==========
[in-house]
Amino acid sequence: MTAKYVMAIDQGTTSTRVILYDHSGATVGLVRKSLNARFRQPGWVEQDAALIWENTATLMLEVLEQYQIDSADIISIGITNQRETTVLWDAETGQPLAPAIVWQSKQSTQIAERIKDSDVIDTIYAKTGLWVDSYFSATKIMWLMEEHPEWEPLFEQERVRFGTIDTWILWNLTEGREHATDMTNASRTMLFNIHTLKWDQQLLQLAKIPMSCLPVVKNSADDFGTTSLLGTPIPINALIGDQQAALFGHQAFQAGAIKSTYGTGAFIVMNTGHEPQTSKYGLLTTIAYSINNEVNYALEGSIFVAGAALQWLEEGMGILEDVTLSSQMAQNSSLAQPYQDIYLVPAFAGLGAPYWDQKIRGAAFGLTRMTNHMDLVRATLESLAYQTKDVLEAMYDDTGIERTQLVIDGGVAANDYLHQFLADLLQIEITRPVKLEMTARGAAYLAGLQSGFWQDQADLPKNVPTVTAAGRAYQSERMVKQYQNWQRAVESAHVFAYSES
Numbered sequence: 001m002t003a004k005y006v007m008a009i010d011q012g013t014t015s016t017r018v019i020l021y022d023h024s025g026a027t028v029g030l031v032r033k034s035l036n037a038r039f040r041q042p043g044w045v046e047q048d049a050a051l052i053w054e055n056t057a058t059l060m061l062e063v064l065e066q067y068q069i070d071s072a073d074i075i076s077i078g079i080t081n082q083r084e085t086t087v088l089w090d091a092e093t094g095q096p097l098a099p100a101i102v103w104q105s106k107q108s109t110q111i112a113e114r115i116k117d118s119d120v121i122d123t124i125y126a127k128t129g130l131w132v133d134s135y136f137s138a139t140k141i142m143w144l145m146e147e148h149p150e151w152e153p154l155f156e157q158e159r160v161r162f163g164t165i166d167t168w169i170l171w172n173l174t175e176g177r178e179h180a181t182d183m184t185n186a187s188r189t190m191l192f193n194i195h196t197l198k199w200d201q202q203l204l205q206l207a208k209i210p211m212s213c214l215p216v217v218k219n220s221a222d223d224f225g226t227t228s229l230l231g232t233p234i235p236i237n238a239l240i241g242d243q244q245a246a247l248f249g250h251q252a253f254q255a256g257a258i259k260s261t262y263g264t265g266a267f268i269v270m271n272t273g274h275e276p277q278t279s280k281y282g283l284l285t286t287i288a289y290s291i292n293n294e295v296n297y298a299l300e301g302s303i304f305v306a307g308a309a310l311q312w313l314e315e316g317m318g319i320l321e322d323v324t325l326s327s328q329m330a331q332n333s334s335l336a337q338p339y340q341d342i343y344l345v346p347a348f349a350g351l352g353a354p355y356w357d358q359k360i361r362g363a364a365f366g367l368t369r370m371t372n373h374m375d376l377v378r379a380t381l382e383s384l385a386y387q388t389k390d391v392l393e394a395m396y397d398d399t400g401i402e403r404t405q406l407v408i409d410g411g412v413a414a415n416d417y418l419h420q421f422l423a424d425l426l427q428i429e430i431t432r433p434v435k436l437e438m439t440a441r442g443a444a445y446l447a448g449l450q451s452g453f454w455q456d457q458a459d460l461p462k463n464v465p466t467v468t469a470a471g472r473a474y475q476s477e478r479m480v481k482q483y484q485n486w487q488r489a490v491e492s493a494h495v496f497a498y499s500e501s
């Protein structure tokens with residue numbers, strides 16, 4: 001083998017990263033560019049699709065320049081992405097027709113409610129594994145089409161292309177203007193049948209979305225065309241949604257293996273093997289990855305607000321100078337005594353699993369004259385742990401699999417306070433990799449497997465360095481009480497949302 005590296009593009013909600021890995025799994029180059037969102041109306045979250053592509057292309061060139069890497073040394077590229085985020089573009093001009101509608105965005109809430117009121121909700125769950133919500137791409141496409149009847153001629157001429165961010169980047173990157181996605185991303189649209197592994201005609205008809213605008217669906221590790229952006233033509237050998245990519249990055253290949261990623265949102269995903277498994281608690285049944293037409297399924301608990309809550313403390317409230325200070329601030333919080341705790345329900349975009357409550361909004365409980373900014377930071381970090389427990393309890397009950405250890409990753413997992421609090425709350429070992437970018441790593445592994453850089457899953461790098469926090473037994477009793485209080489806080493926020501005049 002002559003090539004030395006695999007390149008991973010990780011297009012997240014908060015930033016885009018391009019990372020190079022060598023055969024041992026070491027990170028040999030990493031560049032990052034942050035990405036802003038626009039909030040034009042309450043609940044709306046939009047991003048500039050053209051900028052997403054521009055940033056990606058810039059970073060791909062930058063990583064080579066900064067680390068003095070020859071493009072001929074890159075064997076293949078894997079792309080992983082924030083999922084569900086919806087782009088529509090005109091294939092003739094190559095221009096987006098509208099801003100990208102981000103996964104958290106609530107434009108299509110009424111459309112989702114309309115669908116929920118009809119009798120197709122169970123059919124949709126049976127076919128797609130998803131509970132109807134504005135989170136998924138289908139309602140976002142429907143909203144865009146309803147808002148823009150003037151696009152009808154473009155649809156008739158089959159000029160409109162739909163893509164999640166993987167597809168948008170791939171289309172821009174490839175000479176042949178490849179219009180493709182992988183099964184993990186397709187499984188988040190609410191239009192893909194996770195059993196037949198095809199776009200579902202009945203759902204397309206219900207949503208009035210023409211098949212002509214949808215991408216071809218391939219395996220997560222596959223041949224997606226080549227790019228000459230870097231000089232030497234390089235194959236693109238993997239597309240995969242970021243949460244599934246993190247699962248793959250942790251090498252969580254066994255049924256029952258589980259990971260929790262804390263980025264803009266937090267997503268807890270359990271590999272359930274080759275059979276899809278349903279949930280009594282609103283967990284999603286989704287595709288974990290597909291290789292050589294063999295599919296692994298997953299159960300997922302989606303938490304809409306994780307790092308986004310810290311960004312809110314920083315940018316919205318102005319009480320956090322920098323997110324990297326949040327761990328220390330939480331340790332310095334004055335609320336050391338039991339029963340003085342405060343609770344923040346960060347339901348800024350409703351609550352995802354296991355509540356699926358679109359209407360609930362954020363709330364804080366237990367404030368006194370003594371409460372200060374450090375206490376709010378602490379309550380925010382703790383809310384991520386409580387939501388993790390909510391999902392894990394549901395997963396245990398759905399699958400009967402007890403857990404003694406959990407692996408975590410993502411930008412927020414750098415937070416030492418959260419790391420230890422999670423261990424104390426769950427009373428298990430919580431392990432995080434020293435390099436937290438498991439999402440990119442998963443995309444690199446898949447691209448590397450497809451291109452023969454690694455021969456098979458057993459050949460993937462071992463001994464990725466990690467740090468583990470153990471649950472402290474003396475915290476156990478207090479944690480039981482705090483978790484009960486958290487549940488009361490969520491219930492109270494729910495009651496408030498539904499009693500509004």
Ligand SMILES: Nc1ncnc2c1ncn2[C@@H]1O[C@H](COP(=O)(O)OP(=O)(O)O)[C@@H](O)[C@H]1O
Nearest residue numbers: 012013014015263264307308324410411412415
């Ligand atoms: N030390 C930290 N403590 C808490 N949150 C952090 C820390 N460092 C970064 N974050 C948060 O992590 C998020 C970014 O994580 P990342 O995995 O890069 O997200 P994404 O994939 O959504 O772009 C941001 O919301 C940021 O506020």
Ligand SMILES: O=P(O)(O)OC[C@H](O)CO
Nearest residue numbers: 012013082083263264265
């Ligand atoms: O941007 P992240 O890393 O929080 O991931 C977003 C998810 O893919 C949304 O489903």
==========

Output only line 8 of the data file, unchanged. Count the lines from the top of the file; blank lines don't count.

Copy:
Ligand SMILES: O=P(O)(O)OC[C@H](O)CO